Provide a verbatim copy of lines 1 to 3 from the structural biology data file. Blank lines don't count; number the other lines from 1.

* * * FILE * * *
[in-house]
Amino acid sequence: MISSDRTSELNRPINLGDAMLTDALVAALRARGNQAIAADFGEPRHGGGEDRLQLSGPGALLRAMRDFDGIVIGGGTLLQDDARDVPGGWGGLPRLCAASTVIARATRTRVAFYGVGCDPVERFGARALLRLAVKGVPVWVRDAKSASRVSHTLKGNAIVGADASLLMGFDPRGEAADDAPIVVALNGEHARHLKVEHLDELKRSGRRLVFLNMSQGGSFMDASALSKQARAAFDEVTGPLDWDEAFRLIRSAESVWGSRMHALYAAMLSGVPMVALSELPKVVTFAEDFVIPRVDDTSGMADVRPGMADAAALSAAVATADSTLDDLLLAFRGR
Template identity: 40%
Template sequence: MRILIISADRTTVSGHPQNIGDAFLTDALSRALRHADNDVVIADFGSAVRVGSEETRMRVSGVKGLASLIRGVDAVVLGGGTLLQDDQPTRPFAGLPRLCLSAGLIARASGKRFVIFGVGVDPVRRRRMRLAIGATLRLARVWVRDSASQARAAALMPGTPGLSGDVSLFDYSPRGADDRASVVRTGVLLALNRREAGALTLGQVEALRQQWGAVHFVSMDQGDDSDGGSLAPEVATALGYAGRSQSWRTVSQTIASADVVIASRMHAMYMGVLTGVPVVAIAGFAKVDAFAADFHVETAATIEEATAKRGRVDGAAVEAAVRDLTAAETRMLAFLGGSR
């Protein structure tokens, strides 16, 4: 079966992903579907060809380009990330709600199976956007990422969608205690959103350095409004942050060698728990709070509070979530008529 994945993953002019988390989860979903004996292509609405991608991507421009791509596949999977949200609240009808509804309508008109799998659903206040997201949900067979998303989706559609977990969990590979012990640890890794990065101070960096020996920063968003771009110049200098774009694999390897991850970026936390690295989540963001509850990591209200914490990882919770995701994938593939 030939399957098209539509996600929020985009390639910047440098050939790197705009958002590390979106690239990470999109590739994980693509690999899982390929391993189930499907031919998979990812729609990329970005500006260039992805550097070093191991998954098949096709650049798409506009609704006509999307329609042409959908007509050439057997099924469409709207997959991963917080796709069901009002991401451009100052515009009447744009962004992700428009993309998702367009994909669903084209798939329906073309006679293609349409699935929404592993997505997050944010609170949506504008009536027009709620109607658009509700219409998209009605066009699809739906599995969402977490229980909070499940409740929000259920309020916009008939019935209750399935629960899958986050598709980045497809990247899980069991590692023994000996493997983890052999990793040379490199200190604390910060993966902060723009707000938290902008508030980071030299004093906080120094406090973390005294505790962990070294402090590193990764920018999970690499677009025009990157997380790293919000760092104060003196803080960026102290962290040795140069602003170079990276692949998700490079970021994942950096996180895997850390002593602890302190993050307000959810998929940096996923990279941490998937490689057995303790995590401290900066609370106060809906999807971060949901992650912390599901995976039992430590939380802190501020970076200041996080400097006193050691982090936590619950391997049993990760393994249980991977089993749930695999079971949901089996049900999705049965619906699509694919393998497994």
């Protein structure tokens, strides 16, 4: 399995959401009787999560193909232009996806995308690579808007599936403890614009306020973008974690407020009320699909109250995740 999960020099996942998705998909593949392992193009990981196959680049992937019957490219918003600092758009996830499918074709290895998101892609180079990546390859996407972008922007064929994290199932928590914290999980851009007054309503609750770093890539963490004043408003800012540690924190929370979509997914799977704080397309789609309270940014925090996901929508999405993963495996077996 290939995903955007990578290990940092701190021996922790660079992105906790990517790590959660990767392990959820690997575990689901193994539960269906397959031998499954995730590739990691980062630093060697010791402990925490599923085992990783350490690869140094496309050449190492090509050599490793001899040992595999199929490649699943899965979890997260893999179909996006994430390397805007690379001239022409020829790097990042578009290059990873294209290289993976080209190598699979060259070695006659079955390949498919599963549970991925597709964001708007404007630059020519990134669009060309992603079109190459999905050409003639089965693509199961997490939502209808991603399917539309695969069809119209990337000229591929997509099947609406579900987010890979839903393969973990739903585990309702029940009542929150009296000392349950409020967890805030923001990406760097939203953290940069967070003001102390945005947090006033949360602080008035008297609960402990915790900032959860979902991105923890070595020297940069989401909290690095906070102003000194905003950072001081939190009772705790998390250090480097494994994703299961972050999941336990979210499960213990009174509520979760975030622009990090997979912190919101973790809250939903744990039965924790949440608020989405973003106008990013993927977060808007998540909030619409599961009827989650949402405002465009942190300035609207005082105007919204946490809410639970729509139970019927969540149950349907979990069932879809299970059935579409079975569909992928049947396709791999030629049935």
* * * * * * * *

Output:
[in-house]
Amino acid sequence: MISSDRTSELNRPINLGDAMLTDALVAALRARGNQAIAADFGEPRHGGGEDRLQLSGPGALLRAMRDFDGIVIGGGTLLQDDARDVPGGWGGLPRLCAASTVIARATRTRVAFYGVGCDPVERFGARALLRLAVKGVPVWVRDAKSASRVSHTLKGNAIVGADASLLMGFDPRGEAADDAPIVVALNGEHARHLKVEHLDELKRSGRRLVFLNMSQGGSFMDASALSKQARAAFDEVTGPLDWDEAFRLIRSAESVWGSRMHALYAAMLSGVPMVALSELPKVVTFAEDFVIPRVDDTSGMADVRPGMADAAALSAAVATADSTLDDLLLAFRGR
Template identity: 40%